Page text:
Surge Protection Devices for solar systems

Thursday, July 15, 2021

System components can be damaged?

Photovoltaic systems can be damaged by both direct and indirect lightning strikes and overvoltage disturbances caused by electrical switching operations, load switching and so on.

Lightning strike map

Statistics on damage due to lightning induced over-voltages have shown that electronic installations up to about one kilometre from the strike point may be susceptible to induced or line-carried over-voltages. 

The system designer must take into account the geographic location of the proposed array when looking at surge protection requirements where lightning is concerned.

What happens on a solar ground mount system?

When lightning strikes a solar PV system, it causes an induced transient current and voltage within the solar PV system wire loops. 

These transient currents and voltages will appear at the equipment terminals and likely cause insulation and dielectric failures within the solar PV electrical and electronics components such as the PV panels, the inverter, control and communications equipment, as well as devices in the building installation. 

The combiner box, the inverter, and the MPPT (maximum power point tracker) device have the highest points of failure.

What form does protection take?

Effectively we use Surge Protective Devices, both on the DC and AC side. The SPD for the DC input to the inverter and solar array must be designed specifically for DC applications. AC SPDs are not suitable because upon failure their disconnect circuitry may not quench the arc.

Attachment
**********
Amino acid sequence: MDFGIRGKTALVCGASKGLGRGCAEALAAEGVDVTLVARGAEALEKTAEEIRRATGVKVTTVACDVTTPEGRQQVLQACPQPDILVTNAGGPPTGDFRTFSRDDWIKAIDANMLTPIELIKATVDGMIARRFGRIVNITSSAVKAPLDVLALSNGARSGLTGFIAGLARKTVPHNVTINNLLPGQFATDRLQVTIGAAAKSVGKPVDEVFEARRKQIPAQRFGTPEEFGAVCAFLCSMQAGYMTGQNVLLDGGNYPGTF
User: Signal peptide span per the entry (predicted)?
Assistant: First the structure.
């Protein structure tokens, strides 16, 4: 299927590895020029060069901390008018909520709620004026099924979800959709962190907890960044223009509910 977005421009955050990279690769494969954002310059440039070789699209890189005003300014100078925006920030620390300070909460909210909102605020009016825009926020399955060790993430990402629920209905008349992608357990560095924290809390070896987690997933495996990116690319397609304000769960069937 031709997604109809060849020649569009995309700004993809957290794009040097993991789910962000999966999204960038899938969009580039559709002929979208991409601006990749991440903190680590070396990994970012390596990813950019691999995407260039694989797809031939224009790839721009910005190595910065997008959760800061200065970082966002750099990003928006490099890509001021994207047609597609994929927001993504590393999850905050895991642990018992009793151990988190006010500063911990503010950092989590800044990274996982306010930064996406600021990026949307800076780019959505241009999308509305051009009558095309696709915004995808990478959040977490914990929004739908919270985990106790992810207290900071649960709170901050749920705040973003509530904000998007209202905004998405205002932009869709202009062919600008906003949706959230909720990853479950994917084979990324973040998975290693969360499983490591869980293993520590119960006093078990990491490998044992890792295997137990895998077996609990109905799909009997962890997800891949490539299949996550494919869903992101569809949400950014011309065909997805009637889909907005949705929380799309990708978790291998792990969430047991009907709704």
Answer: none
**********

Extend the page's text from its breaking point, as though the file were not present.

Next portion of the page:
AC SPDs rely upon a voltage zero crossing to quench the arc which does not occur with DC so the arc may persist, with the possible hazard of fire.

How to select an SPD

Select whether it is DC or AC, single or  three phase and then look at the nominal voltage of the system, 230/400 or 1000 V for solar, then look at the voltage level protection.

In, peak value of current that SPD can withstand and function after 15 surges and Imax, this value should be higher than max Isc of the electrical network.


In the case of a commercial solar system up to 1000 volts DC recommended to select a DC SPD with the following characteristics:

  • UCPV Maximum continuous operating voltage, 1000 V
  • I max Maximum discharge current (8/20us) 40kA
  • In Nominal discharge current (8/20us) 20kA
  • Up Voltage protection level (in accordance with AS/NZS1768-2007) 3000V


In the case of AC component recommended to select single or three phase AC SPD with the following characteristics:

  • UC Maximum continuous operating voltage, eg 275 V 
  • IL Maximum load current, eg 63A
  • I max Maximum discharge current (8/20us) 50kA
  • In Nominal discharge current (8/20us) 20kA
  • Isccr  Short circuit current rating, 25 kA
  • Up Voltage protection level (in accordance with AS/NZ S1768-2007) < 800V

Where does the DC SPD go?  

In the case of a commercial solar system the DC SPD goes between the string protection, DC isolators and the string fusing in the inverter. 

The SPD is connected in parallel to your system, and the output is connected to earth.

DC SPD and cable length relationships?  

There is an intrinsic relationship between cable length and voltage increase:

  • Cable length between SPD and load should be kept short as possible
  • Damage from overvoltage increase with cable length
  • If length exceeds a certain point recommended to use a second SPD


  • ✅   SPD’s are there to divert the potentially harmful effects of lightning and load switching
  • ✅   For DC protection only specific DC SPD may be used
  • ✅   There are three main types of SPD’s available
  • ✅   Whether SPD are used or not depends on geography, geology and the presence of sensitive loads

If you’d like to see what Greenwood Solutions get up to in the real world of renewable energy, solar, battery storage and grid protection check out our industry and commercial pages:

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